The toothless SADC again sided with the ruling civilian-military elite.
Today Zimbabwe is deputy chair of the SADC Organ on Politics, Defence and Security. The organ is led by Zambia. And typical to his defence of the ruling elite in Zimbabwe, Zambian President Edgar Lungu has not issued any concern over events unfolding in Zimbabwe. He was quick to advise the DRC to consider a government of national unity yet he did nothing when MDC leaders were being arrested and several other civilians were murdered or maimed in the aftermath of the disputed elections.
Again, today when our innocent brothers and sisters in Zimbabwe are being shot at and opposition leaders are forced into hiding over the unbearable socio-economic situation – President Lungu and his SADC colleagues seem to be blind to the reality!
We have letdown the people of Zimbabwe for too long. This cannot be tolerated.
It’s unbecoming of our regional leaders to leave these defenceless citizens to the mercy of the police and military.
These people are not attacking the system. They are pleading for a livelihood. Here are the citizens who have stood by the ZANU-PF through the thick and thin since independence. To be killed for asking the government to reconsider the hyper fuel price and to address food scarcities cannot be tolerated.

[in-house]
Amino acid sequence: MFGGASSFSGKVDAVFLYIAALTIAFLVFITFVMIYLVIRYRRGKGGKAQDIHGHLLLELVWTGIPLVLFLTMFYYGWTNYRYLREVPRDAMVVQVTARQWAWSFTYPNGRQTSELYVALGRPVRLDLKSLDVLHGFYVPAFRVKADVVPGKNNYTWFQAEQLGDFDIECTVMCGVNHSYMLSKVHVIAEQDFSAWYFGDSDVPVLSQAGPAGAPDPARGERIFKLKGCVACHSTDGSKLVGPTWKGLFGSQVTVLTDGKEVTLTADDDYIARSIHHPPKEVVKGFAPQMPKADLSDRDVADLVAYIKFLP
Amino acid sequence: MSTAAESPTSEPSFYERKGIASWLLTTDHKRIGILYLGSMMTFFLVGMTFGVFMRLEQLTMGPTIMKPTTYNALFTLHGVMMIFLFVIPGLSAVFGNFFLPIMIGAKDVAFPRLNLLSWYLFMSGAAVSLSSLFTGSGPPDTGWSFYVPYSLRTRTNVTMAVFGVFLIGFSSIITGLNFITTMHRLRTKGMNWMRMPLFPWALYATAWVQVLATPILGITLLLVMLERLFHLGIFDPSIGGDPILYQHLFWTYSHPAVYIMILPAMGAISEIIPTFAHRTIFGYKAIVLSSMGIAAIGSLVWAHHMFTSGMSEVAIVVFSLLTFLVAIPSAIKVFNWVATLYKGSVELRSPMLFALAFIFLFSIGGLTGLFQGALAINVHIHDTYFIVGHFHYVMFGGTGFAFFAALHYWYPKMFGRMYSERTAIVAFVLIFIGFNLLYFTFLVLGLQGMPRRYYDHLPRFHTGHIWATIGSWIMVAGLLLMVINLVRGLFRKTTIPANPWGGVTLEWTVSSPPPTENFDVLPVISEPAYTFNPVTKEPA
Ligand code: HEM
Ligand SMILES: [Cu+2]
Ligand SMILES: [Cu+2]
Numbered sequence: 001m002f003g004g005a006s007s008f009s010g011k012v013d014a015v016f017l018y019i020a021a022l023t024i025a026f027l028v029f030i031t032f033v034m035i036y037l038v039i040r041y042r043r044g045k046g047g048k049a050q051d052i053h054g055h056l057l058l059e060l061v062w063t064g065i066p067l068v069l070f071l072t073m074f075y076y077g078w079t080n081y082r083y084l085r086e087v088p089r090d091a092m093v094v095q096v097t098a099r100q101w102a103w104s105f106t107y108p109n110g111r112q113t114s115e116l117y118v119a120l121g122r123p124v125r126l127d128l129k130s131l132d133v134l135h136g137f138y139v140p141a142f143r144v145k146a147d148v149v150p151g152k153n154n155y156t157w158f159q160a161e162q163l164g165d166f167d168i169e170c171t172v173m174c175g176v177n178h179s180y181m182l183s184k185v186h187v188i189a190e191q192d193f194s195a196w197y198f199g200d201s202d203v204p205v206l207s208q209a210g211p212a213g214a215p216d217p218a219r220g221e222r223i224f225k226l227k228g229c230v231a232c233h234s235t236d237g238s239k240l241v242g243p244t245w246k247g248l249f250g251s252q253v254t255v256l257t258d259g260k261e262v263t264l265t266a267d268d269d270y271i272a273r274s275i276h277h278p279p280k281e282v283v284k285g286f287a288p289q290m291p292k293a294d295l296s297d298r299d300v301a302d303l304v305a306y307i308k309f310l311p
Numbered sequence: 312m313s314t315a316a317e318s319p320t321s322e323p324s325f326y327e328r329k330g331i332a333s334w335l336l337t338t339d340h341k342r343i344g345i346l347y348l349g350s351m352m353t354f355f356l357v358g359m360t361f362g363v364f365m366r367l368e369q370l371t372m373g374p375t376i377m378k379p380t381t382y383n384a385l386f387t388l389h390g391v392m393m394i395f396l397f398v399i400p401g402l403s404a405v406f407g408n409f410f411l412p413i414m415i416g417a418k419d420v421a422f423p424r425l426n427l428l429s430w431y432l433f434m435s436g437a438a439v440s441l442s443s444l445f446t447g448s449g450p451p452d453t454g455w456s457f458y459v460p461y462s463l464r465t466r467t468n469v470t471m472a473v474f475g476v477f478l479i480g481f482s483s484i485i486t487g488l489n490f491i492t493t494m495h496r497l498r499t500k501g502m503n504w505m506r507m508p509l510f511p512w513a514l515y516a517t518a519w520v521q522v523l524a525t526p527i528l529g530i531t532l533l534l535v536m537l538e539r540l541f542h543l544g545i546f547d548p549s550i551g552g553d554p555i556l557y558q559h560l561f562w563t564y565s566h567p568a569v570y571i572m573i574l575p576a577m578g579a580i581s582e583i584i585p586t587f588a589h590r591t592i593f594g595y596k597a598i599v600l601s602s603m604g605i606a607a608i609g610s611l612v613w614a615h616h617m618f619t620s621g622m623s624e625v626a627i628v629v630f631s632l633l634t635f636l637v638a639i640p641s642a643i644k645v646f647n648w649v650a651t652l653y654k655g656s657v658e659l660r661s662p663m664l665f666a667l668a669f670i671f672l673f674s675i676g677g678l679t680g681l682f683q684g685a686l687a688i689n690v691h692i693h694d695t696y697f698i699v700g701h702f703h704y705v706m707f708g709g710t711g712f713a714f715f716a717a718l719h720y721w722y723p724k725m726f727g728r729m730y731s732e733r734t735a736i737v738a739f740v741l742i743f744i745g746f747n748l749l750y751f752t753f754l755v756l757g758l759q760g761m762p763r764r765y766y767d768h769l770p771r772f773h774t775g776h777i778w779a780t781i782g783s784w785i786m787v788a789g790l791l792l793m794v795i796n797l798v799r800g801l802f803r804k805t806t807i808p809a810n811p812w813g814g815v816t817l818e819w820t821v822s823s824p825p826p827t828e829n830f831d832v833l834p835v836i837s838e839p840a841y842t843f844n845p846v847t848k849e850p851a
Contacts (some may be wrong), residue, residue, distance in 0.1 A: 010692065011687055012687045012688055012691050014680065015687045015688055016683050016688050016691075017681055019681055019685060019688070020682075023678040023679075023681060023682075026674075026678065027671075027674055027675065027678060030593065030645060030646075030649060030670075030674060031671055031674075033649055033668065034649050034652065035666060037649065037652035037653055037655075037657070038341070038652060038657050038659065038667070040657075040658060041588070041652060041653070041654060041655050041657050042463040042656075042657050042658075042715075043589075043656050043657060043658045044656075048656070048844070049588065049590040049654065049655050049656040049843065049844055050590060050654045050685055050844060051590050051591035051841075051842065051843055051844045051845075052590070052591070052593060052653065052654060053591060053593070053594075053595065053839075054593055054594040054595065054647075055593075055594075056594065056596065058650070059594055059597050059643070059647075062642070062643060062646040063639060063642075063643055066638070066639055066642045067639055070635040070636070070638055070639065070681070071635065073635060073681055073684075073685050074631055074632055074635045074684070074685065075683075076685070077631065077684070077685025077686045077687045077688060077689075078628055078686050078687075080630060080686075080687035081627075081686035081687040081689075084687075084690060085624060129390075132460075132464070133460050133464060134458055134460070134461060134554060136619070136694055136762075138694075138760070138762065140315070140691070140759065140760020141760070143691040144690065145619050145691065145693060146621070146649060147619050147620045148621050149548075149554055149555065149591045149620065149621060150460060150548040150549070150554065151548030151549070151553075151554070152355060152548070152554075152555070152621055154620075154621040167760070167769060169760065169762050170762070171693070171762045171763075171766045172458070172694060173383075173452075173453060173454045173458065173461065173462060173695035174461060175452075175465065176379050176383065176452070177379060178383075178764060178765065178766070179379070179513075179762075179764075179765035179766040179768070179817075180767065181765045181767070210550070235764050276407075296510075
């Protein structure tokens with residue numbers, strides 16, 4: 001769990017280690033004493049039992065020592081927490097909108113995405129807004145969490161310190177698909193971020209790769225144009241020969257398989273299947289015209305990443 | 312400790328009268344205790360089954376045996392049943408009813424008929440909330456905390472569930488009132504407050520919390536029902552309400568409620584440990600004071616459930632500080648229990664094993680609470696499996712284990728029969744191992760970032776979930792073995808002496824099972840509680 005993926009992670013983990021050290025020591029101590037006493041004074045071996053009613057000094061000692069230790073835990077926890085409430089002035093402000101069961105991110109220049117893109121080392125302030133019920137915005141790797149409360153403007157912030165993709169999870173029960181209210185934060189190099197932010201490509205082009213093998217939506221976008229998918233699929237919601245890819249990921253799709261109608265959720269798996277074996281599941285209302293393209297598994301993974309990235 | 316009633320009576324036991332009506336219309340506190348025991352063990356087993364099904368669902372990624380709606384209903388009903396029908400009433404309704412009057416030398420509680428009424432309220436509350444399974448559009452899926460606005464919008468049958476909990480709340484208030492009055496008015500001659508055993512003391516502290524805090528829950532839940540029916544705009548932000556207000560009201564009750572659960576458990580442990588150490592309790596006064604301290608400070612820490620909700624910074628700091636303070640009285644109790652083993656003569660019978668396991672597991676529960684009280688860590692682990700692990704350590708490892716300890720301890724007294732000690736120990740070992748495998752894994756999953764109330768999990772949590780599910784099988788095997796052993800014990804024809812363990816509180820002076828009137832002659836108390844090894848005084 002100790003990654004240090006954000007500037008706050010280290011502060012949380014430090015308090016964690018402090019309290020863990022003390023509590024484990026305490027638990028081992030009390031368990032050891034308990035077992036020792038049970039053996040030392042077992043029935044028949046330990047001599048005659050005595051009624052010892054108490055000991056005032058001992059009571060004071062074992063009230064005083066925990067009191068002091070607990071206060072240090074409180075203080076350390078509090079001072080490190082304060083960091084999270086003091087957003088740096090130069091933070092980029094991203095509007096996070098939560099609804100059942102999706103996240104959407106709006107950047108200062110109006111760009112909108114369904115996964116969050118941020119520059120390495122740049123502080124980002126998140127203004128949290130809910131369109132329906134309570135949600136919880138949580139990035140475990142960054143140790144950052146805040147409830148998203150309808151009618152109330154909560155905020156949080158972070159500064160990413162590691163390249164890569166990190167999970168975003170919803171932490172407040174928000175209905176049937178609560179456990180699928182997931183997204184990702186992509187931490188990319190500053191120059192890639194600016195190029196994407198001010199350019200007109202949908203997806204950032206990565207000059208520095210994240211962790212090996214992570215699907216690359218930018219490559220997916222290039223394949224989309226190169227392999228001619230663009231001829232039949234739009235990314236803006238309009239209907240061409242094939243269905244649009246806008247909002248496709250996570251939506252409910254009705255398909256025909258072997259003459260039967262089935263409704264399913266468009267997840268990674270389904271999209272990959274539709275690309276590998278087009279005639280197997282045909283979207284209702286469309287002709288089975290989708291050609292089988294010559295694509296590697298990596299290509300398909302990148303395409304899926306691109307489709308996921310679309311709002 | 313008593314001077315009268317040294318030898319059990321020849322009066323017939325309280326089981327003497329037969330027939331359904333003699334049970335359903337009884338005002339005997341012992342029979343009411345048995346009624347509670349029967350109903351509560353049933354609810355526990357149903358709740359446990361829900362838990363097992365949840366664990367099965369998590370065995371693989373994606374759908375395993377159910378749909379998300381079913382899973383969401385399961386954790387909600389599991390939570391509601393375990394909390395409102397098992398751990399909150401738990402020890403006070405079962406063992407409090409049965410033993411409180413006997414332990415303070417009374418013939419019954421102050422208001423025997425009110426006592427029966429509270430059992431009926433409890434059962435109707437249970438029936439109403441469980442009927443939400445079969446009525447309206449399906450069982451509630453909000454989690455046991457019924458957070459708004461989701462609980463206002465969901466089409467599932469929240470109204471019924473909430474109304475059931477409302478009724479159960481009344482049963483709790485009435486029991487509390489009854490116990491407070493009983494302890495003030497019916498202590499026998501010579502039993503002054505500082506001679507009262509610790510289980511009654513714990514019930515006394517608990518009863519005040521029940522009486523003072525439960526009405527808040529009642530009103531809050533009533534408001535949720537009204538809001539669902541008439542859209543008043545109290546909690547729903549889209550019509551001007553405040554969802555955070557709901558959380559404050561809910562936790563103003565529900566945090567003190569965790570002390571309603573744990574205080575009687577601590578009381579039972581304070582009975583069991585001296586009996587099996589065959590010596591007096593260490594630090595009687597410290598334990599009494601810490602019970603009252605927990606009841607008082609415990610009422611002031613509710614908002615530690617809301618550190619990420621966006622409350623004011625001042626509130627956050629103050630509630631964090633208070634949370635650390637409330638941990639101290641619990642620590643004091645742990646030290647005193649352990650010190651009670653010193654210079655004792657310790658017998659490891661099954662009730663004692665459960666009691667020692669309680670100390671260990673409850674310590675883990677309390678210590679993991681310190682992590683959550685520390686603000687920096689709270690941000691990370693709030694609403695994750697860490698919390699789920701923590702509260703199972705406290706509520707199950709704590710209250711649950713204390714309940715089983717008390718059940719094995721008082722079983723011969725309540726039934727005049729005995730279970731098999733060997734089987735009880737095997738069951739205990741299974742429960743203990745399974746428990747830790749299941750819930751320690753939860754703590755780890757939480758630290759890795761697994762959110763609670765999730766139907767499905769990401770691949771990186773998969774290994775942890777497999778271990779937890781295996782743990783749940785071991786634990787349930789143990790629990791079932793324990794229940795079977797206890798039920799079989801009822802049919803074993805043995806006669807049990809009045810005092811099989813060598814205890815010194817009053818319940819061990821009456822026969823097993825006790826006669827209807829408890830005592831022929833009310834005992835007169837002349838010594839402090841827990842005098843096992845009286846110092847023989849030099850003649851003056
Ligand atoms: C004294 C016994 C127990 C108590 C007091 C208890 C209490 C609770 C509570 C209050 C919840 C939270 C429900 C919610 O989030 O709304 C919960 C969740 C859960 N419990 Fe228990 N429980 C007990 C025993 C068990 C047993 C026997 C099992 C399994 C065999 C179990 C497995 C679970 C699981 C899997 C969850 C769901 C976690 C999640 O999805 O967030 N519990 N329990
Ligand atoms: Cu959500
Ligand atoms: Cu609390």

The primary responsibility of any government, any sane government is protection of its citizens.
We also call upon the men in uniform to restrain themselves from the heavy-handed manner they are treating fellow citizens.
They should realise that the international community is looking and remember that the fourth Nurnberg principle states that: the fact that a person acted pursuant to order of his Government or of a superior does not relieve him from responsibility under international law, provided a moral choice was in fact possible to him.